Skip to main content

I have an Ingrown toenail, how can I treat it?

Ingrown toenails are an often painful and common foot and ankle problem.  They can result from many different causes, including nail trauma, toenail fungus, hereditary nail shape and others.  When an ingrown toenail occurs, the nail grows in a curved fashion downward into the skin instead of flat and along the nail plate. This causes the toenail to cut into the skin, which allows easier access for bacteria to enter the area and cause infection. Symptoms can include pain, redness, drainage, and swelling of the toe. The most common area for ingrown toenails to occur is on both sides of the big toe. 


When an ingrown occurs, you should seek treatment.  At your appointment, you can expect a consultation and an examination of your foot and nails.  There are multiple treatment options which can be pursued and potentially recommended depending on the extent and severity of the ingrown nail, as well as the potential presence of infection (called a paronychia).  Below are options your foot and ankle doctor may discuss with you.



After these procedures, you will be instructed to soak the toe in warm water and epsom salt for 2 weeks to allow for any drainage to be expressed and to help prevent infection after the procedure.  You will be sent home with detailed post-procedure care instructions for your reference.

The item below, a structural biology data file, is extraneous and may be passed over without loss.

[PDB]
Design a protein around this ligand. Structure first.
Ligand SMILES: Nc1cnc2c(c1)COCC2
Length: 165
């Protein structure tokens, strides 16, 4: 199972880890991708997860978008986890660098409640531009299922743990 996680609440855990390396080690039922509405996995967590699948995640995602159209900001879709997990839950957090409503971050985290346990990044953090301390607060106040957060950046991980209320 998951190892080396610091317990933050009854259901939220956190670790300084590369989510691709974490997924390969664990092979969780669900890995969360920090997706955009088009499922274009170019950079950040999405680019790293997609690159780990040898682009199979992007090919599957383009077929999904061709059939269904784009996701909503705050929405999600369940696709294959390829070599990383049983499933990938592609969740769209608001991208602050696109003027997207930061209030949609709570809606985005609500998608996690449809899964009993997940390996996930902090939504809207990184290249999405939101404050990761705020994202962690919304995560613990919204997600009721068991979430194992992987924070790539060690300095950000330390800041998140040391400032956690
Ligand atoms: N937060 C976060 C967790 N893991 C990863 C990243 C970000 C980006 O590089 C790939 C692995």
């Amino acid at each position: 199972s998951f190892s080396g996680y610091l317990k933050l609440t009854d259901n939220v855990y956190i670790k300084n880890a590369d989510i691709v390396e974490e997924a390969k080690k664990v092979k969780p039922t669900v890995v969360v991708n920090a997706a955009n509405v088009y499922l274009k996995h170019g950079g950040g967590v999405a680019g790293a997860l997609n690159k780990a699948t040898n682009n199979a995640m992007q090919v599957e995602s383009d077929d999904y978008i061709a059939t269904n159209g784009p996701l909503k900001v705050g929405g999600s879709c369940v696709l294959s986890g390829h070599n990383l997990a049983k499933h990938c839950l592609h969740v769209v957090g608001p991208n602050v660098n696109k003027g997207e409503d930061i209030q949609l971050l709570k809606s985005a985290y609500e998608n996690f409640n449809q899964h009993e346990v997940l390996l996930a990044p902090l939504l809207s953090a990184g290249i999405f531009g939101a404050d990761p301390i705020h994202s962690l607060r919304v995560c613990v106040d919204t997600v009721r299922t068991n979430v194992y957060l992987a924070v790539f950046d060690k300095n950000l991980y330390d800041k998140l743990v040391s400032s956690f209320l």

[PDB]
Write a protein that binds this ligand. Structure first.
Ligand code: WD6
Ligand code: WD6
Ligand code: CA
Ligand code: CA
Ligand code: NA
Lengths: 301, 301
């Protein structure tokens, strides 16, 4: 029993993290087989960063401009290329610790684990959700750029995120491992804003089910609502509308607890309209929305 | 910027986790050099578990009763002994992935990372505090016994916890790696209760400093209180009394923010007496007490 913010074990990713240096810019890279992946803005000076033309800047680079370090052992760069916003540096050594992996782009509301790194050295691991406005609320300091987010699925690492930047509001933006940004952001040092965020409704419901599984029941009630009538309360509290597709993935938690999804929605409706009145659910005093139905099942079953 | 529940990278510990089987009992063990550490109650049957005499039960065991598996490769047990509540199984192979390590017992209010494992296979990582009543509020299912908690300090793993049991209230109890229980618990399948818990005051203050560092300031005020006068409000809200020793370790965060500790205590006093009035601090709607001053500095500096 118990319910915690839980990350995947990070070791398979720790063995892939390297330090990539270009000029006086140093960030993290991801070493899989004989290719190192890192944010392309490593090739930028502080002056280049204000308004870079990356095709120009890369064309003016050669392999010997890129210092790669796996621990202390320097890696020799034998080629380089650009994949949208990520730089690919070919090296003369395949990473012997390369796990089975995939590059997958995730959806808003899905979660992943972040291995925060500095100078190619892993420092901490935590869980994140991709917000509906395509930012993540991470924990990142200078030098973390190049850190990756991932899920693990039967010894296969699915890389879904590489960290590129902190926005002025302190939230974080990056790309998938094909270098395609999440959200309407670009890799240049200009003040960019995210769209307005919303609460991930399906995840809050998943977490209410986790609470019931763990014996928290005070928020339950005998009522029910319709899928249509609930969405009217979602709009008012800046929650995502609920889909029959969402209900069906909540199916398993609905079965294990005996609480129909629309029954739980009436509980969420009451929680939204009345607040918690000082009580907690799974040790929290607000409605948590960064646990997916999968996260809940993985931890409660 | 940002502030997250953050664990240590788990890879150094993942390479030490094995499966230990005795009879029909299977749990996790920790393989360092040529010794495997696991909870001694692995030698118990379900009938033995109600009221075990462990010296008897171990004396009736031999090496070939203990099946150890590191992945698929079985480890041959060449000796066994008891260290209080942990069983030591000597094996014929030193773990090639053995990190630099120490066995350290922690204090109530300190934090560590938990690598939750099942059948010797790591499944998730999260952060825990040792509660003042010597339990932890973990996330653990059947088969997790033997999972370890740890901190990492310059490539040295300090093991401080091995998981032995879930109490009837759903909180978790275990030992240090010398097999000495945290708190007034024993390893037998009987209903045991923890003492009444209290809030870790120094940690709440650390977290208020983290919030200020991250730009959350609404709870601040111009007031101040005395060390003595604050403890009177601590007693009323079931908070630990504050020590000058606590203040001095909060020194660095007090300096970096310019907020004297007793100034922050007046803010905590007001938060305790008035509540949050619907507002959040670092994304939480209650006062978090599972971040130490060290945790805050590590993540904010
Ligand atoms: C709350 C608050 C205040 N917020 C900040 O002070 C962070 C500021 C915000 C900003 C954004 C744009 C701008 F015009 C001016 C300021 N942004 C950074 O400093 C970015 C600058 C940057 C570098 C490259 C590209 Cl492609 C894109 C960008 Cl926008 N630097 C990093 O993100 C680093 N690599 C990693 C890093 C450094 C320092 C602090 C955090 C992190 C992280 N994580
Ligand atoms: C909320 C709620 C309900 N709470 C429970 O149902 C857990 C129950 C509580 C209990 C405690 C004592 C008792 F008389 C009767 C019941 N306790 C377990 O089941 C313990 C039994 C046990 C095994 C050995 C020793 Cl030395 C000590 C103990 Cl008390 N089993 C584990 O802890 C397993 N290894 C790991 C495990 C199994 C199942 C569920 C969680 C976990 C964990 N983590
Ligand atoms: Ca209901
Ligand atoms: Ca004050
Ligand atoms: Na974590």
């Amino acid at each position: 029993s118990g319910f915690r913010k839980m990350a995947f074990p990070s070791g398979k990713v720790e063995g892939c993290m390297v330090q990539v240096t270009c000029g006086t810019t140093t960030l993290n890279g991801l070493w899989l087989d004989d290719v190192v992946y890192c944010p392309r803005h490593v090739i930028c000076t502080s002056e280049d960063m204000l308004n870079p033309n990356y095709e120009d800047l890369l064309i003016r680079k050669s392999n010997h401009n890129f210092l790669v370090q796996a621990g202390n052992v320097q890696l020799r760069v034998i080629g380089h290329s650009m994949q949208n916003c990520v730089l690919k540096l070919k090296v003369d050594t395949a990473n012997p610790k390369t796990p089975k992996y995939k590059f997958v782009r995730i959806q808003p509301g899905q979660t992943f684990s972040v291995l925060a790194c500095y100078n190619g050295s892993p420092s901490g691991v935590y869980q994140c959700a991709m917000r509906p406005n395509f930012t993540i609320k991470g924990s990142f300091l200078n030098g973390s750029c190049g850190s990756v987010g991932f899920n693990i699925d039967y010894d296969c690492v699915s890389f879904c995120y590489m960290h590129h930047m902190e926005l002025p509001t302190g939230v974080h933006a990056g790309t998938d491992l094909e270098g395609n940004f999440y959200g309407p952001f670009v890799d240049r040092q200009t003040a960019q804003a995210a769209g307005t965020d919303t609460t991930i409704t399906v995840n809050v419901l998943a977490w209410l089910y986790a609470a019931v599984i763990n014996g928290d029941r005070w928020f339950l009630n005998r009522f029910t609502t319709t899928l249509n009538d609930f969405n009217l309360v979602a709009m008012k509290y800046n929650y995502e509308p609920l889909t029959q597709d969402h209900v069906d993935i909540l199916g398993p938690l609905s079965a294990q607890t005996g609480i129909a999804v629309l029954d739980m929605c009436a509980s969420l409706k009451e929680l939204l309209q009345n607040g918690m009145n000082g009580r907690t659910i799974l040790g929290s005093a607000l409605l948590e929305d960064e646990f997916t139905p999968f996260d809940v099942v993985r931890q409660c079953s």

To prevent ingrown toenails, it is recommended to cut the nails straight across, and to not cut the nails too short, leaving them past the skin fold at either side.  Additionally, avoid “home surgery” on a nail if you feel as though it may be ingrown.  This often is unsuccessful, or makes the problem worse.  It also can leave you more prone to infection.  


If you note pain, swelling, redness, warmth, or drainage from an ingrown nail, contact our offices to schedule an appointment for an evaluation and potentially a procedure. 

Dr. Evan Smith Dr. Evan Smith Dr. Evan Smith is a Board-Qualified foot and ankle surgeon, providing personalized, high-quality care to the Castle Rock community as a physician with Castle Rock Foot & Ankle Care. Dr. Smith received a Bachelor of Science degree in Biology from Illinois Wesleyan University. He then went on to earn a Doctor of Podiatric Medicine degree at Des Moines University College of Podiatric Medicine and Surgery in Des Moines, Iowa, where he received The American Board of Podiatric Medicine Graduate Merit Award. Following medical school, he completed a three-year foot and ankle surgical residency program at Legacy Health in Portland, Oregon, gaining comprehensive training in all aspects of foot and ankle surgery. Dr. Smith takes pride in connecting with his patients and providing personalized care to get patients back to the activities they love.

You Might Also Enjoy...

Golfers: Don't be handicapped with foot pain

The physical act of repeatedly swinging a golf club in practice and on the links can lead to a condition known as hallux limitus, in addition to other foot problems, such as neuromas.
Leneva Fat Pad Injection

Why do my feet feel so bony and hurt?

While aging is a natural process of human nature, aging does not have to equal painful feet. Patients over the age of 50, can expect they may lose up to 50% of their natural fat pad, namely at the ball of the foot and heels. We can help with this.